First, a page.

Air pollutants and ionizing radiation are well-known carcinogens involved in the pathogenesis of lung cancer, and residents of coal-mining regions are exposed routinely to these agents. Polymorphisms in DNA repair genes may be associated with an increased risk of malignant transformation. We investigated associations between the risk of lung cancer in residents of the coal-mining region and polymorphisms in the genes APEX1 (rs1130409), hOGG1 (rs1052133), XRCC1 (rs25489, rs25487), XRCC2 (rs3218536), XRCC3 (rs861539), ADPRT/PARP1 (rs1136410), XPD/ERCC2 (rs13181), XPG/ERCC5 (rs17655), XPC (rs2228001), ATM (rs1801516), and NBS1 (rs1805794). Three hundred and forty residents of the Kemerovo Region (a coal-mining region of western Siberia) were lung cancer patients exposed to air pollutants and ionizing radiation (case) and 335 were healthy donors (control). Genotyping was performed by real-time PCR and allele-specific PCR. We discovered that polymorphisms in the XPD gene in men [log-additive model: odds ratio (OR) = 1.64, 95% confidence interval (CI): 1.17–2.31], the ATM gene in women and nonsmokers (codominant model: OR = 0.11, 95% CI: 0.02–0.49 and OR = 0.25, 95% CI: 0.08–0.72, respectively), the APEX1 gene for smokers (recessive model: OR = 2.55, 95% CI: 1.34–4.85), and the NBS1 gene for those who work in the coal industry (overdominant model: OR = 0.40, 95% CI: 0.21–0.75) are associated with an increased risk of lung cancer. Using the multifactor dimensionality reduction method, we found a model of gene–gene interactions associated with the risk of lung cancer: NBS1 (rs1805794)–XRCC1 (rs25487)–hOGG1 (rs1052133)–XPG (rs17655). These results indicate an association between combinations of polymorphisms in the studied genes and the risk of lung cancer in residents of a coal-mining region.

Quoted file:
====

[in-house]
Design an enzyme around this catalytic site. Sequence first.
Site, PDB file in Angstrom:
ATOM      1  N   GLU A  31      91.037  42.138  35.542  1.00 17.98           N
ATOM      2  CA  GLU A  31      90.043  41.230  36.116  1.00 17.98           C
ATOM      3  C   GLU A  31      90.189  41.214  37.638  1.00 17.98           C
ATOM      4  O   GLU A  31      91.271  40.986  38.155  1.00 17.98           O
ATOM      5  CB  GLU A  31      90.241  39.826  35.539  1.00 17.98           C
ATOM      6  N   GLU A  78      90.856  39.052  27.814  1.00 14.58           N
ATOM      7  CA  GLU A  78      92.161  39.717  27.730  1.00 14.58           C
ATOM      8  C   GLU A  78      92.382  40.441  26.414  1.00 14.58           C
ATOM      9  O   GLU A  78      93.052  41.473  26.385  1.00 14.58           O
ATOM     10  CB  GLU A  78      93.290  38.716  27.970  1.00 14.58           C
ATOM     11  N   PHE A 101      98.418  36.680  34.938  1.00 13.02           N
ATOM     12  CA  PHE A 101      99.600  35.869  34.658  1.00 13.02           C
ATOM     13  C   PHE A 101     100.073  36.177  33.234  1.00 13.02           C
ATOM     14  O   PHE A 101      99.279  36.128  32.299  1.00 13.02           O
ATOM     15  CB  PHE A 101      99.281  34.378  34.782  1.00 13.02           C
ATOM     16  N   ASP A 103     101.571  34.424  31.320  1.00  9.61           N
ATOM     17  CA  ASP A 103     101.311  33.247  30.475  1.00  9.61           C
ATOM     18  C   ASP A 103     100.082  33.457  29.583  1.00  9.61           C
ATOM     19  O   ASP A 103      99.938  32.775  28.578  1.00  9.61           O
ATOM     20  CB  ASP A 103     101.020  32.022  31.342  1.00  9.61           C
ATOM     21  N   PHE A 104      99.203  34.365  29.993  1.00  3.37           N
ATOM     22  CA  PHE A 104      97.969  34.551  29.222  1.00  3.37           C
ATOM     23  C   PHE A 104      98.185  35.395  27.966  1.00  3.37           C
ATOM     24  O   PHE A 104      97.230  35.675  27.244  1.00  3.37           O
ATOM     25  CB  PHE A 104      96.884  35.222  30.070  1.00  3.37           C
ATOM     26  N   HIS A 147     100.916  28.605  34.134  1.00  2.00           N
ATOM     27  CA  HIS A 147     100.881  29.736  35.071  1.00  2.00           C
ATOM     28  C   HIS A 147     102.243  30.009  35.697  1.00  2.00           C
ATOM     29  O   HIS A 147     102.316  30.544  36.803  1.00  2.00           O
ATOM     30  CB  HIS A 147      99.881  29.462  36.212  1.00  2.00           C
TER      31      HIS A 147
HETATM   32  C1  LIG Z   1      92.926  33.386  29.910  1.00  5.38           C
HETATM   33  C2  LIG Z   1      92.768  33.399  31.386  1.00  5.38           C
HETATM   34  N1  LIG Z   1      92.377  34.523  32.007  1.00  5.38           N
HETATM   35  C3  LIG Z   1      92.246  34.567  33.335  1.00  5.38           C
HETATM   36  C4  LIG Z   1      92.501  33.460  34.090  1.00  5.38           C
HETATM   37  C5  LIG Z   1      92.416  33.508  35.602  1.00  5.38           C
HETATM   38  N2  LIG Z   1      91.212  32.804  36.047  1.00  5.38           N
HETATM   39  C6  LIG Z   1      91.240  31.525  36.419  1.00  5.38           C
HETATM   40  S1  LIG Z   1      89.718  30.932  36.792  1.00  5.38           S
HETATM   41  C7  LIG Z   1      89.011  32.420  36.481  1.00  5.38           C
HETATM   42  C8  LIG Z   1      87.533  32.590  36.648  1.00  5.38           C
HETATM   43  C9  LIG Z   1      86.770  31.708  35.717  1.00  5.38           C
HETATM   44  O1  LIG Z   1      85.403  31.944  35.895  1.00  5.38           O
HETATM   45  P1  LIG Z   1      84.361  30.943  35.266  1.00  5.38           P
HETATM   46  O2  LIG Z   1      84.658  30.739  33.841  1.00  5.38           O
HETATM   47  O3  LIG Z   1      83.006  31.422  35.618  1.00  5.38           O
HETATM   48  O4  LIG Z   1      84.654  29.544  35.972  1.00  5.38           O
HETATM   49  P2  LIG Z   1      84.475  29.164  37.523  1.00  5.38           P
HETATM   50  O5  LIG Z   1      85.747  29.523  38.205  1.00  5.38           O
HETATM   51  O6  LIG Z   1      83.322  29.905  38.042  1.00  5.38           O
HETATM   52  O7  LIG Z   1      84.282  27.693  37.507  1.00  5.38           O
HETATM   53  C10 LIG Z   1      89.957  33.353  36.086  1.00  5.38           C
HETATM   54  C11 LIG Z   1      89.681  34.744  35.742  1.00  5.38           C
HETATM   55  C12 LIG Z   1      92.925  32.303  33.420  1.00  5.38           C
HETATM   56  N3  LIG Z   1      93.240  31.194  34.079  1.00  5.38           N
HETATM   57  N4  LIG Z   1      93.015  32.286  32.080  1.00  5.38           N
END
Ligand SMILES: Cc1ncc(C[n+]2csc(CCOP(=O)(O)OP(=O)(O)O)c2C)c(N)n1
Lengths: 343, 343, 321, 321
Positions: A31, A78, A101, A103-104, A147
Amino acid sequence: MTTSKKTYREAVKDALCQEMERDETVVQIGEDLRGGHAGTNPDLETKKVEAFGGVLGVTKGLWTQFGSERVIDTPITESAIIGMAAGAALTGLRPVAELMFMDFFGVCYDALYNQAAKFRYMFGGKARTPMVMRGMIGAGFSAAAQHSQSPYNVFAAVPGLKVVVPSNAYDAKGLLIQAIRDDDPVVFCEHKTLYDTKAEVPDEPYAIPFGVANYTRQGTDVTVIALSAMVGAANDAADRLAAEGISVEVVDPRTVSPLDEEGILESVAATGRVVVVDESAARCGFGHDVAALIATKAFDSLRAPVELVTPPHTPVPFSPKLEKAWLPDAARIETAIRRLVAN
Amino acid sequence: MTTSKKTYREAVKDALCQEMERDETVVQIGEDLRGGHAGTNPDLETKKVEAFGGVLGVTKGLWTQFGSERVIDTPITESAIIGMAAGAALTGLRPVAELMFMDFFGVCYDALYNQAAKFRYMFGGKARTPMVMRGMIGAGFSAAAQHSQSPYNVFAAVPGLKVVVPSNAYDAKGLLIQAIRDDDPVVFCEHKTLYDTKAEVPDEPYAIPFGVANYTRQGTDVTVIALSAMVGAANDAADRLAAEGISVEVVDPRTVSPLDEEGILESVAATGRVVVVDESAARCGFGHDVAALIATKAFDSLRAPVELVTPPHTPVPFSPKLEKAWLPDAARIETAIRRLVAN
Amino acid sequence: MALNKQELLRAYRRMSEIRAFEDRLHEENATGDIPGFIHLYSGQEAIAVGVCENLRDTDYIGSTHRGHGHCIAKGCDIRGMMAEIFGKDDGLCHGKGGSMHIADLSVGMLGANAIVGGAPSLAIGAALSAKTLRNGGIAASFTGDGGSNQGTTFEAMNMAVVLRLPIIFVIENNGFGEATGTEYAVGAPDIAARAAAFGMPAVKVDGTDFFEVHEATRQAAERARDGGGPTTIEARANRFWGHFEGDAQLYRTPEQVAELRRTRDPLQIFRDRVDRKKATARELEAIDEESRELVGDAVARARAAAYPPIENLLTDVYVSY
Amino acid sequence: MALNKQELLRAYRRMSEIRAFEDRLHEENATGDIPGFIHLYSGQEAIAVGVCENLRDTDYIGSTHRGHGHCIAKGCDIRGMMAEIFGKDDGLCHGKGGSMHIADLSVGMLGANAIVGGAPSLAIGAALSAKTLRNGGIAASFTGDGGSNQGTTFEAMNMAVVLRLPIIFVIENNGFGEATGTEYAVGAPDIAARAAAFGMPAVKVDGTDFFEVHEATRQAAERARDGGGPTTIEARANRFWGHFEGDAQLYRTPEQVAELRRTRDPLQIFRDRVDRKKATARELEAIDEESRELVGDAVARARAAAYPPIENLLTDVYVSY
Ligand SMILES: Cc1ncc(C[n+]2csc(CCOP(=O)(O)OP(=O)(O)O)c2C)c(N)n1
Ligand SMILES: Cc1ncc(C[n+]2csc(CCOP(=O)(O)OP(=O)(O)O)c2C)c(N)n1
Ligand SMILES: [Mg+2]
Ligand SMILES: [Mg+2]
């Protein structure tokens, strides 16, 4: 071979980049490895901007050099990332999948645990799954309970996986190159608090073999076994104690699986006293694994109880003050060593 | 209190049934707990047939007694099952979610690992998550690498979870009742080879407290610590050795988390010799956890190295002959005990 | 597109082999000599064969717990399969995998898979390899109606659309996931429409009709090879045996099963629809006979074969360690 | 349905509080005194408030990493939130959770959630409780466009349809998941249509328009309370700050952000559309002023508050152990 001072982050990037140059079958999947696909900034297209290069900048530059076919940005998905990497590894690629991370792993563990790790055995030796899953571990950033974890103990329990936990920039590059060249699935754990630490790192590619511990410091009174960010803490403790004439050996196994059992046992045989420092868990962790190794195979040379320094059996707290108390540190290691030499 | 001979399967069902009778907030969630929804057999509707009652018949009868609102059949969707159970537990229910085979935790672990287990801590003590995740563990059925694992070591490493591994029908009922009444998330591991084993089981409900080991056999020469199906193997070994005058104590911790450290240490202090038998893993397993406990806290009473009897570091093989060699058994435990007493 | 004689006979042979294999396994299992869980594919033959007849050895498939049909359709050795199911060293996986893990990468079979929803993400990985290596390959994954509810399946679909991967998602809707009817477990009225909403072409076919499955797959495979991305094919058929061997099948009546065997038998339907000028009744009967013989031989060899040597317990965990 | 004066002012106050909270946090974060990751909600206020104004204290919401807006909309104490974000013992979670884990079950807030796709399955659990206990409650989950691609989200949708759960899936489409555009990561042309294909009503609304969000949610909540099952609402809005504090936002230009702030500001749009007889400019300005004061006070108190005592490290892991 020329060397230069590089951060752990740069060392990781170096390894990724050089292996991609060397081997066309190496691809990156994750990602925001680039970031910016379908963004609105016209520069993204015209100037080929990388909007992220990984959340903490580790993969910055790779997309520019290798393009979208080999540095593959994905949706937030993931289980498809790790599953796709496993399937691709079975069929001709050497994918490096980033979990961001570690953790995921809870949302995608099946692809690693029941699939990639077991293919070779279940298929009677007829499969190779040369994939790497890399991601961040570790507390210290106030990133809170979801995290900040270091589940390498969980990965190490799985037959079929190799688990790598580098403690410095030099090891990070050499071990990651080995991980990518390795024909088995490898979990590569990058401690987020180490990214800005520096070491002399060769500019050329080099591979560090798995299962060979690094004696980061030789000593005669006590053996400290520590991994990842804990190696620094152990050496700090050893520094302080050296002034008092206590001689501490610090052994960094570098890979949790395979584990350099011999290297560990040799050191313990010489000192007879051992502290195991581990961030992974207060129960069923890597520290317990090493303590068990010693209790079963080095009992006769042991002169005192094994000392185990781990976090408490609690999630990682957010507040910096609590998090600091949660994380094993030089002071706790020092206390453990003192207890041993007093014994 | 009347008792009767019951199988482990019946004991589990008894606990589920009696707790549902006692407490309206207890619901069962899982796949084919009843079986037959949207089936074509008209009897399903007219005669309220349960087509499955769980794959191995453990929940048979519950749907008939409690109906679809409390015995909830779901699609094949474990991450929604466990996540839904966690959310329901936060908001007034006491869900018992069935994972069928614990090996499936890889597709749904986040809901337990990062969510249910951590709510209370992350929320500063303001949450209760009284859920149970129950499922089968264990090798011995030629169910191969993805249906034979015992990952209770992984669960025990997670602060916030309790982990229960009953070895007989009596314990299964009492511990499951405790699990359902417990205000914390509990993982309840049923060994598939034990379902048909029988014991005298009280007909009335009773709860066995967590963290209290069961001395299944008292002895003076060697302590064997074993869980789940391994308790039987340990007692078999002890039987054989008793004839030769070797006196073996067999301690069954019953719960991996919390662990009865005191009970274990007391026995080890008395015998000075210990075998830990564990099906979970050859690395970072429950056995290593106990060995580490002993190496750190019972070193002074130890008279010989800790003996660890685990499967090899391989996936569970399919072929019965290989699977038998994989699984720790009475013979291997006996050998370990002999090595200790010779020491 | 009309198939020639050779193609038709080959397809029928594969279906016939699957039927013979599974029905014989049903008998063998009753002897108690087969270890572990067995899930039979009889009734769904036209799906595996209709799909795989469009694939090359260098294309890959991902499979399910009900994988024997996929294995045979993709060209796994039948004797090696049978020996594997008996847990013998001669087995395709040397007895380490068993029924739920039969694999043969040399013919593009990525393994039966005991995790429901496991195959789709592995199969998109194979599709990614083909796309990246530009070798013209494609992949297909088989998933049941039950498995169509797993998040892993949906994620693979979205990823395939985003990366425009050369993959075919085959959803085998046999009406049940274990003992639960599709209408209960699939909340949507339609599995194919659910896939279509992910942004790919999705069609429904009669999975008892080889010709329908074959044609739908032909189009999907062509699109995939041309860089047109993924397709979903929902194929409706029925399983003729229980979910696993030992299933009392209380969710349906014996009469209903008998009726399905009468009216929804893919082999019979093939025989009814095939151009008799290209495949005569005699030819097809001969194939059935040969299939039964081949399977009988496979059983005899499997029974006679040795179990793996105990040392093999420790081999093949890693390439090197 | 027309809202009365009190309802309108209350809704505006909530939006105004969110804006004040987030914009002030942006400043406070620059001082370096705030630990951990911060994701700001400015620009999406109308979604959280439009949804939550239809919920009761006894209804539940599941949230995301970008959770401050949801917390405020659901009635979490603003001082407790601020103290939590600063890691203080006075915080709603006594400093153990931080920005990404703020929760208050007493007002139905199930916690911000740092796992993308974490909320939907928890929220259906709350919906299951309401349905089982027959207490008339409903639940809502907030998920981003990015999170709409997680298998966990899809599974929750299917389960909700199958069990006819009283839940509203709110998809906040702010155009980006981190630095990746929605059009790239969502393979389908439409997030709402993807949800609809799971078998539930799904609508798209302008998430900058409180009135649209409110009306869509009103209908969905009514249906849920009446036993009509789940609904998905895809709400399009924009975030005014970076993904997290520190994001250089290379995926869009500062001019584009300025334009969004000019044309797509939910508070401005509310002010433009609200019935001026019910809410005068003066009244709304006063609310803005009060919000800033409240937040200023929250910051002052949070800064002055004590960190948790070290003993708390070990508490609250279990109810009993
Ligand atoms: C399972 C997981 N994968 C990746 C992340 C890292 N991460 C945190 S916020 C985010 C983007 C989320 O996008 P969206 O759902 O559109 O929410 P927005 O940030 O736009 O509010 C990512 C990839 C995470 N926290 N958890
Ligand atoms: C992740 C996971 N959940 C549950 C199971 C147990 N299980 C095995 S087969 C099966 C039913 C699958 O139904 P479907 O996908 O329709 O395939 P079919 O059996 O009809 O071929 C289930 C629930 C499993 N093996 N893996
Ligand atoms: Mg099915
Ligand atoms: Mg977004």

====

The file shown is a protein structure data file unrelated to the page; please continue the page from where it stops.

aThe Federal Research Center of Coal and Coal Chemistry of SB RAS
bDepartment of Genetics, Biology Faculty, Kemerovo State University
cLaboratory of Genome Medicine, Research Institute for Complex Issues of Cardiovascular Diseases
dKemerovo Regional Oncology Center, Kemerovo
eInstitute of Chemical Biology and Fundamental Medicine of SB RAS
fNovosibirsk State University, Novosibirsk, Russia
Received 10 August 2018 Accepted 19 January 2019
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*Correspondence to Maxim Y. Sinitsky, PhD, Laboratory of Genome Medicine, Research Institute for Complex Issues of Cardiovascular Diseases, Sosnovy Blvd 6, 650002 Kemerovo, Russia Tel: + 7 3842 644 527; fax: + 7 3842 643 410; email: email@example.com